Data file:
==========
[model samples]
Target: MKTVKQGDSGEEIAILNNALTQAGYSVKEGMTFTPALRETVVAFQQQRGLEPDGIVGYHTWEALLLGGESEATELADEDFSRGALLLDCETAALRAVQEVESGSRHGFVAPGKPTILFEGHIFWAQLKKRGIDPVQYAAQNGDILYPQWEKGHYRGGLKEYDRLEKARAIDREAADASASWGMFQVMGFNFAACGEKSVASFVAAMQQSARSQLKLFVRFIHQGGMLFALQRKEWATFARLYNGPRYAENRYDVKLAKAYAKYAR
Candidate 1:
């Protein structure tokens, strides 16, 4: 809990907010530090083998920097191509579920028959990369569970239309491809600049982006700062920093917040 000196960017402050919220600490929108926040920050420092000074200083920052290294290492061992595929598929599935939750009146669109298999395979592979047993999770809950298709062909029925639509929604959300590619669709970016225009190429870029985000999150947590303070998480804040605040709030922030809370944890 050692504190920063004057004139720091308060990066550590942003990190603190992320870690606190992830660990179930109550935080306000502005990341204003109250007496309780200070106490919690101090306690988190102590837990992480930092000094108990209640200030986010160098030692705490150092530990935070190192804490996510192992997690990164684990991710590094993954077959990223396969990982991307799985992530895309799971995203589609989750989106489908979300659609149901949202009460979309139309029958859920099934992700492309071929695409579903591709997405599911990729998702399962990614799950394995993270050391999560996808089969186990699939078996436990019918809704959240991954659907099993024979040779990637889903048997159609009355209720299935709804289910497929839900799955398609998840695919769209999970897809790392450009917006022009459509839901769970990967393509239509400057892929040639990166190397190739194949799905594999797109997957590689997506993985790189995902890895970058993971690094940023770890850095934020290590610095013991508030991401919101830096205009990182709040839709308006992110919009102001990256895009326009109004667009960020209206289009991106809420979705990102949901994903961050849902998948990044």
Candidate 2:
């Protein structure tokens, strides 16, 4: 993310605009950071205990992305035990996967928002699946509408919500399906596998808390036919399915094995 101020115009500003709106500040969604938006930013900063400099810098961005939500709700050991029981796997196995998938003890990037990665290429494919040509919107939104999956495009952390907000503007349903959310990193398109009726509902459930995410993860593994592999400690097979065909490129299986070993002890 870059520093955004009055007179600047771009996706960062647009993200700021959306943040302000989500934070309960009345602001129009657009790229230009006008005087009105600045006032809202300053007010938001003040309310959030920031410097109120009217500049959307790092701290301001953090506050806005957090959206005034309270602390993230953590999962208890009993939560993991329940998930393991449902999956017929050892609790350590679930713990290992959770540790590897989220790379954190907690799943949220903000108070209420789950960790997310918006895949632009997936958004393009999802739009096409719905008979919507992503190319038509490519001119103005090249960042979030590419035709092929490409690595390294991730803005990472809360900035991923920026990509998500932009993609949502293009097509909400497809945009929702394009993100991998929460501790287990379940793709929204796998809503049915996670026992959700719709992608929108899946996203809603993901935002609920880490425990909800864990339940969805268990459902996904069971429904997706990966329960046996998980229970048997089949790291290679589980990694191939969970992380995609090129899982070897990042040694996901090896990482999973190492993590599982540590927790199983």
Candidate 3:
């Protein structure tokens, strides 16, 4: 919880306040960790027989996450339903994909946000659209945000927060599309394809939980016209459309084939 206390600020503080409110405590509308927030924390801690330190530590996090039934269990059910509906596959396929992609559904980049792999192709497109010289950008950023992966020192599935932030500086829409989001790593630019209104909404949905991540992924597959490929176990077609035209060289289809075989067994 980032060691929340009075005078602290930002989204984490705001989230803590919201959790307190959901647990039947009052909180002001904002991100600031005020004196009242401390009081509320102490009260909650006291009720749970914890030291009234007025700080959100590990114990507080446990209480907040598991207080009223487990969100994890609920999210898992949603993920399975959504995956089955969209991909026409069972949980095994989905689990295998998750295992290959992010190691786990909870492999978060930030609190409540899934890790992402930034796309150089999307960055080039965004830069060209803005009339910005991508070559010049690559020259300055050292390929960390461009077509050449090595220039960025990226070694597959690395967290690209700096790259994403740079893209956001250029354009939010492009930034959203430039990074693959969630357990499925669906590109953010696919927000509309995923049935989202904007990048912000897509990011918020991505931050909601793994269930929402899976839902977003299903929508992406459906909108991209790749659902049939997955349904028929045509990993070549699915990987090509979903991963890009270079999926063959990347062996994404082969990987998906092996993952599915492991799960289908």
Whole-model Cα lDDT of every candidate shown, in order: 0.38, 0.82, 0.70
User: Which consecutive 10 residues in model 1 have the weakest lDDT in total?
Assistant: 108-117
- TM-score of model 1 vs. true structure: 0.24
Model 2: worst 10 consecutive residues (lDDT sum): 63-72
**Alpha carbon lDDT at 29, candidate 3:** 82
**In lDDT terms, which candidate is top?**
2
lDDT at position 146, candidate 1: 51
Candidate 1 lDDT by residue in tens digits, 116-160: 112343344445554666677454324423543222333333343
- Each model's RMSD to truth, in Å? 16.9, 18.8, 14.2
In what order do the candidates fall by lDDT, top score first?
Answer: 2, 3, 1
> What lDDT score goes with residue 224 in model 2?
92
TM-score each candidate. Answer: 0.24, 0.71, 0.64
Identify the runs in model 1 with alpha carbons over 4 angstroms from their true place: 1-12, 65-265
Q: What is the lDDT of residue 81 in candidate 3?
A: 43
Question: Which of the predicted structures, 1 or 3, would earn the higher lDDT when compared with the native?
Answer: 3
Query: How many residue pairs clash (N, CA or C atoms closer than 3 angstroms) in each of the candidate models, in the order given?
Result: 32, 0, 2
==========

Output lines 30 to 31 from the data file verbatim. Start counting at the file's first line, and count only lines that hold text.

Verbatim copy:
Query: How many residue pairs clash (N, CA or C atoms closer than 3 angstroms) in each of the candidate models, in the order given?
Result: 32, 0, 2